The online world is incredibly hard to restrain. David Post brought up the legal concerns of links in his article, but legality isn’t the only concern with links. Moral practice should be used when linking content; however, just as in journalism as long as something does not violate the law someone will always share information. This is why I don’t believe companies can determine where their information can or cannot be linked to. Unless the site where it is linked has defamed the origin of information everything is linkable.

  14. Crowdsourcing is something that we can utilize to help broaden our knowledge as well as build support for our arguments. Through crowdsourcing we as journalists are allowing readers to help find stories and gain information about them before we publish.

    Links are also a vital tool in our field. Without a link how can our readers know that what we have written isn’t some abstract idea that popped into our head and we feel is important. Links are the online version of a works cited page. By linking to sources we use we are allowing our readers to see where we get our information from and builds our credibility as writers. Briggs talks about how in the early days of the internet, sites were strictly against linking to other sites because of competition. Today, linking is vital! When reading the news online you will find many links that lead to a multitude of different sites. These sites help bolster the content of the article and let us see that other people are talking about the subject. So basically without links our writing lacks the depth that we have available to us due to the nature of the Internet.

  15. ctomes says:

    First off the video does a good job of showing that Crowdsourcing can be a very efficient way of learning something or broadening your knowledge on something. The video shows that if you have more people weighing in on something you will find the answer more quickly. Crowdsourcing is a huge part of journalism because like Briggs says its a important tool because now you can ask hundreds or even thousands of people to help you for an investigation or to collect data. Before you would have to do this on your own but now with the internet you can ask all these people and get an answer faster. This helps a journalist so they don’t have to take a survey they can just ask the question online and have their answers within minutes.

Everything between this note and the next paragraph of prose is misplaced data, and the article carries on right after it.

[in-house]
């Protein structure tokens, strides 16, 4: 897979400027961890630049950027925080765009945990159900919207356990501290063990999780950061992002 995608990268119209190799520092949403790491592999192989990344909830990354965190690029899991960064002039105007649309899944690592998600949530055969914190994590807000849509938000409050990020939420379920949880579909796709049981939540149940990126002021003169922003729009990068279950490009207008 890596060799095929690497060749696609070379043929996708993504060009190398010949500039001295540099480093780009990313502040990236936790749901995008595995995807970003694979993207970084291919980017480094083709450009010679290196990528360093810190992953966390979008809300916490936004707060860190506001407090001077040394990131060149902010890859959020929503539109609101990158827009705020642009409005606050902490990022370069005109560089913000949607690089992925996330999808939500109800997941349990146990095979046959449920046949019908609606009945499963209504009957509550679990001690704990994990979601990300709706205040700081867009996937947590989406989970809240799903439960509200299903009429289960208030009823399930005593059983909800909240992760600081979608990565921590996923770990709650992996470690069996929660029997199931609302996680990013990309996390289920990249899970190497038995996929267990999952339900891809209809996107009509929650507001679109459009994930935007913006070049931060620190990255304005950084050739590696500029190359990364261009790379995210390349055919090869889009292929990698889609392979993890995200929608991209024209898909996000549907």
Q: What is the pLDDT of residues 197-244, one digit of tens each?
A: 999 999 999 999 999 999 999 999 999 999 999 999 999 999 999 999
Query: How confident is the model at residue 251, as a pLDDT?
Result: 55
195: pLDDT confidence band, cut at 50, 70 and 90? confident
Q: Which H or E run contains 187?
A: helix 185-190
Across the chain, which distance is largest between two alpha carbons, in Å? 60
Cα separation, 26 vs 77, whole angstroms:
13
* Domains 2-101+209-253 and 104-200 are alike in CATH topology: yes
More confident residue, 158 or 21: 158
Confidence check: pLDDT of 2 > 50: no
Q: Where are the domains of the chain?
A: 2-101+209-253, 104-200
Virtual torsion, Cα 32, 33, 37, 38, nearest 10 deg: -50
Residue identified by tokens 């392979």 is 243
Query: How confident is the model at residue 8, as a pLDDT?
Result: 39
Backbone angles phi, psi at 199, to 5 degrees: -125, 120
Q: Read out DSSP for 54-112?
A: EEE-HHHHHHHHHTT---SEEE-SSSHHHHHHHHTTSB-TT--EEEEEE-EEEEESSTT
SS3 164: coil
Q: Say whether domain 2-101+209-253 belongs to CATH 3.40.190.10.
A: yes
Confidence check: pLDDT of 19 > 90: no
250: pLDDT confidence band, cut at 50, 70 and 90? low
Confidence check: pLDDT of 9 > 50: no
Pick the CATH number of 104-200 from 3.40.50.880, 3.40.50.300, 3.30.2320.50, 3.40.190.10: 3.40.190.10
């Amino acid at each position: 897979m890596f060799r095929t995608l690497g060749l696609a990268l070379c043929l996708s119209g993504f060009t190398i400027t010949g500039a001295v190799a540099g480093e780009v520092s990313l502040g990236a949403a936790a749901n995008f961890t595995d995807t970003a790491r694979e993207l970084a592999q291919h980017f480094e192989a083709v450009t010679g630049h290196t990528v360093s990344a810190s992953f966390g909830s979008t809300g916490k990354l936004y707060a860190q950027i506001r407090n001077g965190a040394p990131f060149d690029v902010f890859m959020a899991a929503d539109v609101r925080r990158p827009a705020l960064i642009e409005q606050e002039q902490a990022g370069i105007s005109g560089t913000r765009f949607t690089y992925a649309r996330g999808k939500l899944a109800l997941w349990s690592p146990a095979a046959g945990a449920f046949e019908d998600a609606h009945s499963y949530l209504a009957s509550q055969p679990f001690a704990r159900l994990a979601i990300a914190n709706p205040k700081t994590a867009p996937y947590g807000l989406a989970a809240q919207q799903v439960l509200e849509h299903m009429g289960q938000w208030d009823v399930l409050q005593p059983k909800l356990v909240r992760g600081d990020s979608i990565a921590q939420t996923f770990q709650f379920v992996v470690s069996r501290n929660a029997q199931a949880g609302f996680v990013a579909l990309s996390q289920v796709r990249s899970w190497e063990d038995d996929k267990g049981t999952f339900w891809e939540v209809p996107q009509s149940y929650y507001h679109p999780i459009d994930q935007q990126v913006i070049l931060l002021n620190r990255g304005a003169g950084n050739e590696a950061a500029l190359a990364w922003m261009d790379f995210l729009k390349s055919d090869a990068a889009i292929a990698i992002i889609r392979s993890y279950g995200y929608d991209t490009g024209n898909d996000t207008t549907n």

Another great took for a writer is to use links. They are a way of showing that you are credible and also to show that the information you are writing isn’t made up in any way and there is a source. It is also a faster way of showing where you got something, it is quicker than making a work cited page and easier for the reader. Linking is also a way of getting people to see more of the information by them just clicking to your link they can learn more then what you have written. Linking is one of the most useful tools a journalist can use.

  16. lbarry2 says:

    I think that links are absolutely crucial to use in today’s forms of journalism. This is especially true when you are writing blogs.

    In blogs, I think links come in handy in a couple of different ways. First, having links to other reputable sources are very important because people like me aren’t reputable sources. So it only helps your credibility to include links, because the viewers of your blog can be assured that the facts and information you are writing about is credible with the simple click of a button. The second thing about links that I think are important is just the fact that people can click on them and have a better understanding of what you are talking about. With all of the ideas floating around in blogs, the convenience of just being able to click on a link helps a lot.

    This is why linking is just another form of crowdsourcing. Because you are linking your ideas to other people’s ideas to give your writing more credibility. They not only expand our own knowledge, they give you support to it. In conclusion, I thinking linking and crowdsourcing goes hand-in-hand when it comes to journalism and blogging.

  17. abdulazizq8 says:

    Using Links in blogging and other social media tools is an important way of communication. People tend to trust a writer who uses sources other than his personal opinion. Links are a great way to show them these sources and give credit to other writers. Writers can also discuss different topics and post their links in other blogs/sits for further discussion.

    Briggs mentioned another way of communication, which is open-source reporting. Writers can open their sites for feedback from the readers. Even if the writer does not get enough or any feedback from the audience, opening the door for feedback is a good way of communications.